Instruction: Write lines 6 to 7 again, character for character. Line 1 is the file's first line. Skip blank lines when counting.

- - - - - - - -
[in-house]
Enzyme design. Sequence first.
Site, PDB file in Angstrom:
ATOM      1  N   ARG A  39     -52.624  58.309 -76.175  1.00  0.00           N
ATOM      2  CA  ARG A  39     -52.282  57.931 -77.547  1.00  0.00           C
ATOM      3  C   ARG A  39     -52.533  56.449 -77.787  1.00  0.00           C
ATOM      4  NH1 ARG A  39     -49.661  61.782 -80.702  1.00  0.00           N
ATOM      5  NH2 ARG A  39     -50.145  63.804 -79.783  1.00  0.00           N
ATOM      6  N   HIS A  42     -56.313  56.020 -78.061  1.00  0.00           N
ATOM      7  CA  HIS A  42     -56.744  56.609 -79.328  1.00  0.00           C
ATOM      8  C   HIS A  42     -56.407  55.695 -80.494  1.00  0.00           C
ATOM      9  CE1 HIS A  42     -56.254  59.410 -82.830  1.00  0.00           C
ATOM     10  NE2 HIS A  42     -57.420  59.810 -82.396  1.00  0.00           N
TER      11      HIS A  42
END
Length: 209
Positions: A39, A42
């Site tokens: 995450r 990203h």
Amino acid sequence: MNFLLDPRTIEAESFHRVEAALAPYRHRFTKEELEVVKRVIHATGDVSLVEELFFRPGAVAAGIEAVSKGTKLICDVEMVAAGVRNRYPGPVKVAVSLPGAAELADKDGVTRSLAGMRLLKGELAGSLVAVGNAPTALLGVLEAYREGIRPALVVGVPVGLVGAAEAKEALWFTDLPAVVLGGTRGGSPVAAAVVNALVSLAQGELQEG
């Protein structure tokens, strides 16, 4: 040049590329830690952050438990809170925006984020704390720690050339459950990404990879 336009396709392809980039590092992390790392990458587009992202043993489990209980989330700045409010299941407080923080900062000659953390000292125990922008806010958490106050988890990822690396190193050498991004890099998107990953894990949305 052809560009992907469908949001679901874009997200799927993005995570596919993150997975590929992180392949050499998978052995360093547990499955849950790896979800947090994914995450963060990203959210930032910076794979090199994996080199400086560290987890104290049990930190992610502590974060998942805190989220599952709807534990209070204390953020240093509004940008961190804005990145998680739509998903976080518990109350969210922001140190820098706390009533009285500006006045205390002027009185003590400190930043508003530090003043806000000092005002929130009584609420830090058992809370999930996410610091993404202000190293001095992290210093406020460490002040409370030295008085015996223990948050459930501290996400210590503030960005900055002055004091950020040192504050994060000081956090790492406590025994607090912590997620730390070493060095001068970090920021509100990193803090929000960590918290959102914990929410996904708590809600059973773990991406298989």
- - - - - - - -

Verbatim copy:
ATOM      3  C   ARG A  39     -52.533  56.449 -77.787  1.00  0.00           C
ATOM      4  NH1 ARG A  39     -49.661  61.782 -80.702  1.00  0.00           N